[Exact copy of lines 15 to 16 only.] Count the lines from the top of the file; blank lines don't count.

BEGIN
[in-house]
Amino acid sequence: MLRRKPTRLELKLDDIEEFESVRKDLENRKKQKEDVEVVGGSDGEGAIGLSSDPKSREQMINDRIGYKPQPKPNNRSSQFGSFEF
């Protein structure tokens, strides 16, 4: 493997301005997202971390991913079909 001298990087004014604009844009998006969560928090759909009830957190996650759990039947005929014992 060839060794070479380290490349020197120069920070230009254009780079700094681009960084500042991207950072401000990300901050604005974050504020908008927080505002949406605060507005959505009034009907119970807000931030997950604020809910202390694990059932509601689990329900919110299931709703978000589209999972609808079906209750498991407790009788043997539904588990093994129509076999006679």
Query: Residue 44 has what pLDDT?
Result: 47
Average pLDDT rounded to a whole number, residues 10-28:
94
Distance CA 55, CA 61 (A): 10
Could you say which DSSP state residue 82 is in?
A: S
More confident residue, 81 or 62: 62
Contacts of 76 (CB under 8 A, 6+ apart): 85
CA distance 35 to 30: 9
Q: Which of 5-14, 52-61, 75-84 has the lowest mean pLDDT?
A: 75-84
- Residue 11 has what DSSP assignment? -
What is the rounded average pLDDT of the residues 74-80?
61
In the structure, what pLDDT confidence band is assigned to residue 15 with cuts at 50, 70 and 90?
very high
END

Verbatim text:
A: 75-84
- Residue 11 has what DSSP assignment? -